Enthalpy

Enthalpy (H)

  • Heat absorbed at constant volume is equal to the change in internal energy.
  • Most chemical reactions occur under constant atmospheric pressure, so we need to define another state function.
  • We can represent the initial and final states using subscript 1 and 2, respectively.
  • Enthalpy (H) is defined as U + pV, where U is internal energy, p is pressure, and V is volume.
  • Enthalpy is a state function and is independent of path, while q is a path dependent function.
  • At constant pressure, qp (heat absorbed by the system) is equal to ∆H (change in enthalpy).
  • For finite changes at constant pressure, ∆H = ∆U + p∆V.
  • When solids and liquids are involved, the difference between ∆H and ∆U is not significant, but it becomes significant when gases are involved.
  • For a reaction involving gases, we can use the ideal gas law to calculate p∆V and ∆ng (change in the number of moles of gaseous products minus the number of moles of gaseous reactants).
  • ∆H = ∆U + ∆ngRT, where R is the gas constant and T is temperature.

 

 

Extensive property

An extensive property is a property that depends on the quantity or size of matter present in the system. Examples of extensive properties include mass, volume, internal energy, enthalpy, heat capacity, etc. The value of an extensive property increases with the amount of matter in the system. For instance, if the amount of matter in a system is doubled, then the value of the extensive property will also double.

Intensive property

An intensive property is a property that does not depend on the quantity or size of matter present in the system. Examples of intensive properties include temperature, pressure, density, refractive index, etc. The value of an intensive property remains the same regardless of the amount of matter in the system. For instance, if the amount of matter in a system is doubled, the value of the intensive property will remain the same.

Heat capacity

Heat capacity is the amount of heat required to raise the temperature of a substance by one degree Celsius (or one Kelvin). It is represented by the symbol C and has units of J/°C (joules per degree Celsius) or J/K (joules per Kelvin).

The formula for heat capacity is:

C = q / ∆T

Where:

  • C = heat capacity
  • q = amount of heat transferred to the system
  • ∆T = change in temperature of the system

In other words, the heat capacity is the ratio of the heat transferred to the change in temperature. It is a measure of how much heat a substance can absorb before its temperature starts to increase. The larger the heat capacity, the more heat energy is required to raise the temperature of the substance.

 

Molar Heat Capacity: The molar heat capacity of a substance, denoted by Cm, is the amount of heat energy required to raise the temperature of one mole of the substance by one degree Celsius (or Kelvin). It is expressed in units of J/(mol.K) and is given by the formula:

Cm = q/(n∆T)

where q is the amount of heat energy absorbed, n is the number of moles of the substance, and ∆T is the change in temperature.

 

Specific Heat Capacity: The specific heat capacity of a substance, denoted by c, is the amount of heat energy required to raise the temperature of one unit mass of the substance by one degree Celsius (or Kelvin). It is expressed in units of J/(g.K) and is given by the formula:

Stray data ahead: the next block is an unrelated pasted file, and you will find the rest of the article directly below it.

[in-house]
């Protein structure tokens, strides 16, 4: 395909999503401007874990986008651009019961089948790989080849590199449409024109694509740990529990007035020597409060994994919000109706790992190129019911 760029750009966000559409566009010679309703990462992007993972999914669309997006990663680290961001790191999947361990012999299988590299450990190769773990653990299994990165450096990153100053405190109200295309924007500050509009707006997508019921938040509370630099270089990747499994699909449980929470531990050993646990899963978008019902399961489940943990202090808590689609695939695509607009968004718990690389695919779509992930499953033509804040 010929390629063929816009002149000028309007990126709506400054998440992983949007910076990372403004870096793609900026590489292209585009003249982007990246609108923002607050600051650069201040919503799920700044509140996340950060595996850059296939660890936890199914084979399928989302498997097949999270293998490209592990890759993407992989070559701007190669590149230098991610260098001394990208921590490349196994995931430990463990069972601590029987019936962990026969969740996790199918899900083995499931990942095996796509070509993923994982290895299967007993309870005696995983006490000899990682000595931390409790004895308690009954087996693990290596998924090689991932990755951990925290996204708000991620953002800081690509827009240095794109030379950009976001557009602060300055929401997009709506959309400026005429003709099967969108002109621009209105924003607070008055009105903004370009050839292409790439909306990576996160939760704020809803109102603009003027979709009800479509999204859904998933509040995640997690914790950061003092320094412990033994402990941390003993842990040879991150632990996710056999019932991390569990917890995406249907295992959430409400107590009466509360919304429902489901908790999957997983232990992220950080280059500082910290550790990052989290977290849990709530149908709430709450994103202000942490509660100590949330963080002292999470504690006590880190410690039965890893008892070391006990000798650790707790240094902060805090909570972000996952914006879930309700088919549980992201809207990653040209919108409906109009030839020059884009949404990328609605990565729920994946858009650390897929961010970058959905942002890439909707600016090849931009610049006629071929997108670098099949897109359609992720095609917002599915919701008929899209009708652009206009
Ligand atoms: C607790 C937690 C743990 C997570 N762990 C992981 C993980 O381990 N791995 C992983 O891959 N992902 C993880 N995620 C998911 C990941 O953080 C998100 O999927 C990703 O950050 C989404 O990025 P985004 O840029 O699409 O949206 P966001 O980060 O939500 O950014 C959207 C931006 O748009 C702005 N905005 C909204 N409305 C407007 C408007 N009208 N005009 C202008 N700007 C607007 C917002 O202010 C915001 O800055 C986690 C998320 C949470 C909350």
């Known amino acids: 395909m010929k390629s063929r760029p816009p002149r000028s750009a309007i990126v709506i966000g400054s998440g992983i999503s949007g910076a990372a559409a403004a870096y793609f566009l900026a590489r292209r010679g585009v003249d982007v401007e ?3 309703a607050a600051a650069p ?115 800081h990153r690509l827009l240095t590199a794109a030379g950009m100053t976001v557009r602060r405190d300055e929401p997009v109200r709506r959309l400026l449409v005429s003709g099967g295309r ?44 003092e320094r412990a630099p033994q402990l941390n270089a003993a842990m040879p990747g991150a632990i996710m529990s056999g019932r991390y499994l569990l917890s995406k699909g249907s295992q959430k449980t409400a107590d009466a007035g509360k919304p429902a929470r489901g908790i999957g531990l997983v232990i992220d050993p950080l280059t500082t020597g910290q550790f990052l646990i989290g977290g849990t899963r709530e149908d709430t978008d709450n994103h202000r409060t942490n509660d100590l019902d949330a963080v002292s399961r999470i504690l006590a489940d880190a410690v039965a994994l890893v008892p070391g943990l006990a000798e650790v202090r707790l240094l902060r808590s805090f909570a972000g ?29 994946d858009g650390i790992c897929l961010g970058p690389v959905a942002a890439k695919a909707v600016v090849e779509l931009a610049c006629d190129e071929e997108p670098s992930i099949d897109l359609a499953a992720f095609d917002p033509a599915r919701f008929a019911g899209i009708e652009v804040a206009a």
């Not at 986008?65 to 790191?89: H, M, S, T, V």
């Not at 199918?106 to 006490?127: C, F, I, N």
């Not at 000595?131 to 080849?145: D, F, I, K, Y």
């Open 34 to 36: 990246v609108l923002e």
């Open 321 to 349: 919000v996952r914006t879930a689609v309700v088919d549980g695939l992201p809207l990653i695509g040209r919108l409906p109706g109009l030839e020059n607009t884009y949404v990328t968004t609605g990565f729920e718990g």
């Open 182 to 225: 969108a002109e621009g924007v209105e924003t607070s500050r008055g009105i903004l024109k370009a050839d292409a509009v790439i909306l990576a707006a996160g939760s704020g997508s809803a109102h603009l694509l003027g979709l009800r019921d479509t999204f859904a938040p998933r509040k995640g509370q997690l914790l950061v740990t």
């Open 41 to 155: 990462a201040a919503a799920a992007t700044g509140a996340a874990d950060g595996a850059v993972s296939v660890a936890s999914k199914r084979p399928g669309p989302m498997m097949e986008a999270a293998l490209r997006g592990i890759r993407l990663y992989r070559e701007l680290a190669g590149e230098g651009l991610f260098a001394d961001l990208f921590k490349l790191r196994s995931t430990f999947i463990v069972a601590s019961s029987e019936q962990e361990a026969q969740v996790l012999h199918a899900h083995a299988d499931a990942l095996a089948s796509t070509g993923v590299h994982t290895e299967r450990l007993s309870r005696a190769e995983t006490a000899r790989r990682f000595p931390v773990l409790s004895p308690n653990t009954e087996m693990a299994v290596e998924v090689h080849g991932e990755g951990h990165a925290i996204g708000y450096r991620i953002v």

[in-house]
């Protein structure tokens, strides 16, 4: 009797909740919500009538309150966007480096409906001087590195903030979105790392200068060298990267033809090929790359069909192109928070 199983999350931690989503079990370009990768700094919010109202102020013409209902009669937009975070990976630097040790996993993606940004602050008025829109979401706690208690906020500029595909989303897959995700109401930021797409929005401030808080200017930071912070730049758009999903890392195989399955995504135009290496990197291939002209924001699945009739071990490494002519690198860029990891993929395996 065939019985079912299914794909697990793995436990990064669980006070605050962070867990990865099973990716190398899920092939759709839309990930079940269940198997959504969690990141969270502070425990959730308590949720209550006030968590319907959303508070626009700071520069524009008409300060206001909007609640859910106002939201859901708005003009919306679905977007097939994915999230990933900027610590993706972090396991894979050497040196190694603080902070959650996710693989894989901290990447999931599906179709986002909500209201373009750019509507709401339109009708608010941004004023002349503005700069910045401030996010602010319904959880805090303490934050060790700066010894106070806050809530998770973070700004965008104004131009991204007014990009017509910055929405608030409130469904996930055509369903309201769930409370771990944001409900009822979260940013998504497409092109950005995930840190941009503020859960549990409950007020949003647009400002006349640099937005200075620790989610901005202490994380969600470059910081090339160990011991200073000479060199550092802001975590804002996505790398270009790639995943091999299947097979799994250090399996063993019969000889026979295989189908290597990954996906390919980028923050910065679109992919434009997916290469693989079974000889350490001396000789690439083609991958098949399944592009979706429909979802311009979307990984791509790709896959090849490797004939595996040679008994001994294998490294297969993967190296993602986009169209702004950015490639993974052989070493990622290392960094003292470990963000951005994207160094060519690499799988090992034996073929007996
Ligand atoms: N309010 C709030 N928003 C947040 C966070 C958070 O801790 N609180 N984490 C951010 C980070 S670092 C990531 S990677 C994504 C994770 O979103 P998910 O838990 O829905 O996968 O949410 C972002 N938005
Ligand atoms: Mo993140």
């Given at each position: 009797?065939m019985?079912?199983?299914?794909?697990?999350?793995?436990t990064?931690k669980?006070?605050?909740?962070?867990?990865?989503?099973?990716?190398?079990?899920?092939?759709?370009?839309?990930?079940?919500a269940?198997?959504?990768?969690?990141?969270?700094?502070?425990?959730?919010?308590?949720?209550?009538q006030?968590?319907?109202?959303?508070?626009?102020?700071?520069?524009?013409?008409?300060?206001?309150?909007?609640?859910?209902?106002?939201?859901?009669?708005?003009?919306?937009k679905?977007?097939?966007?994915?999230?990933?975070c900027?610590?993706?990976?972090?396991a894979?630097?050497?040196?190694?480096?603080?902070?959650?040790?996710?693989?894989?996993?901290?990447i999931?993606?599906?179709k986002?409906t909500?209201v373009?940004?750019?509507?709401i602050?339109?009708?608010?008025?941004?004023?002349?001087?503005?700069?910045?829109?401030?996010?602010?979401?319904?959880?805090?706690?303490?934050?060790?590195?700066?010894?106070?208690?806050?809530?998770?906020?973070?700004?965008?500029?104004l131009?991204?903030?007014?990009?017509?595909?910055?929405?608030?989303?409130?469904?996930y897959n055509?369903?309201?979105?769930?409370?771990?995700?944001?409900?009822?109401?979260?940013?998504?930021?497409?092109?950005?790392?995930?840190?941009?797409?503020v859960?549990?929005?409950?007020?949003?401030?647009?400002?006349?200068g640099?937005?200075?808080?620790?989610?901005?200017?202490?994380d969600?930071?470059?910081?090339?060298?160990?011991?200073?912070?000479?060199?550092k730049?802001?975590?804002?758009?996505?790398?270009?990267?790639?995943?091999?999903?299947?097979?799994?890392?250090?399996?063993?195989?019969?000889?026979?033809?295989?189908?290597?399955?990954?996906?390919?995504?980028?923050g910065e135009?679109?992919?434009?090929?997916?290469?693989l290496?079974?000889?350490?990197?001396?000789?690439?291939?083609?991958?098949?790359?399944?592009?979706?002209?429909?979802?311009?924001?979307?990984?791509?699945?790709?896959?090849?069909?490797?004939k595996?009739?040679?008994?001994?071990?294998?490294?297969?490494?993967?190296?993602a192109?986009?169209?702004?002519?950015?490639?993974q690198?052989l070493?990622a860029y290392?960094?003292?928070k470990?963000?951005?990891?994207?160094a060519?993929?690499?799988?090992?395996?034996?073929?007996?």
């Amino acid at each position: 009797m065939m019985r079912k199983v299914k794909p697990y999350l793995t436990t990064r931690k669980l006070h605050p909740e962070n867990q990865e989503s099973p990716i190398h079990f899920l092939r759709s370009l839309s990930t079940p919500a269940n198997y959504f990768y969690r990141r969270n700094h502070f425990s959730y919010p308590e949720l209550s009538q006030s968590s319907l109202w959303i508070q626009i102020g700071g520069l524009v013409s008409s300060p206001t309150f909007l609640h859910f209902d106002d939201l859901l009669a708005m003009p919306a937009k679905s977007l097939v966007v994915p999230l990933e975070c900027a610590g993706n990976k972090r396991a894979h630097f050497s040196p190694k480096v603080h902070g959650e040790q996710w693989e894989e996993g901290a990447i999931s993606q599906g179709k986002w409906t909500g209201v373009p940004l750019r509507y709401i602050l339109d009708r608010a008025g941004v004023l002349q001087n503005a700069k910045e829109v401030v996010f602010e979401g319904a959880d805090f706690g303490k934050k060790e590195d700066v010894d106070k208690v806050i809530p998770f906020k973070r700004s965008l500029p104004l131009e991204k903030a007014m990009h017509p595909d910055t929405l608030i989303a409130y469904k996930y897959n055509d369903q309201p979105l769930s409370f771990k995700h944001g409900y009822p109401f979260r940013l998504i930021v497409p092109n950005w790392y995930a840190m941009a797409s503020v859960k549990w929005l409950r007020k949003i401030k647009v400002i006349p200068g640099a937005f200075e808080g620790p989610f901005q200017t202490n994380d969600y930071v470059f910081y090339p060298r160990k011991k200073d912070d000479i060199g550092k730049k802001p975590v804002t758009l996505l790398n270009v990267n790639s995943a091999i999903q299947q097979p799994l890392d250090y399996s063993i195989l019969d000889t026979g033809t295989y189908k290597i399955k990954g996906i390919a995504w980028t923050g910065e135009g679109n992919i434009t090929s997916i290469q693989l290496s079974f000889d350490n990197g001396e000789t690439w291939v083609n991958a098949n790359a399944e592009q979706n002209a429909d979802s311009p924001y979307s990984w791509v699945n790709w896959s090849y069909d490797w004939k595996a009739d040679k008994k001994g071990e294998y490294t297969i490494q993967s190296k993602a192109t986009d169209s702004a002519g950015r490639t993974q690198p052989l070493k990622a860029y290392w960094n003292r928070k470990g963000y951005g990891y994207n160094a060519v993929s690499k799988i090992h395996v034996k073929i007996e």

c = q/(m∆T)

where q is the amount of heat energy absorbed, m is the mass of the substance, and ∆T is the change in temperature.

The specific heat capacity is related to the molar heat capacity by the equation:

Cm = c × M

where M is the molar mass of the substance.

Relationship between Cp and Cv for ideal gas

The relationship between the specific heat capacities at constant pressure (CP) and constant volume (Cv)  for an ideal gas can be derived using the first law of thermodynamics and the definition of these two specific heat capacities.

The first law of thermodynamics states that the change in internal energy of a system is equal to the heat added to the system minus the work done by the system:

ΔU = Q - W

For an ideal gas, the internal energy is a function of temperature only, and therefore:

dU = Cv dT

where Cv is the molar heat capacity at constant volume.

The work done by the system can be expressed in terms of pressure and volume:

W = -PΔV

where P is the pressure and ΔV is the change in volume.

The heat added to the system at constant volume is given by:

Qv = Cv ΔT

where ΔT is the change in temperature.

At constant pressure, the heat added to the system is given by:

Qp = CP ΔT

where CP is the molar heat capacity at constant pressure.

Therefore, using the first law of thermodynamics:

ΔU = Qp - W

Substituting the expressions for Qp and W:

Cp ΔT - PΔV = Cv ΔT

Since the gas is assumed to be ideal, we can use the ideal gas law:

PV = nRT

where n is the number of moles, R is the gas constant, and T is the temperature.

Differentiating both sides of the ideal gas law with respect to volume at constant temperature:

PdV + VdP = nRdT

Dividing by V and rearranging:

dP/dT = nR/V

Substituting into the expression for ΔV:

ΔV = nRΔT/P

Substituting into the expression for ΔU:

Cp ΔT - nRΔT = Cv ΔT

Simplifying:

Cp - Cv = nR

Therefore, the relationship between the specific heat capacities at constant pressure and constant volume for an ideal gas is:

CP - CV = nR

This relationship holds for all ideal gases, regardless of their specific heat capacity values.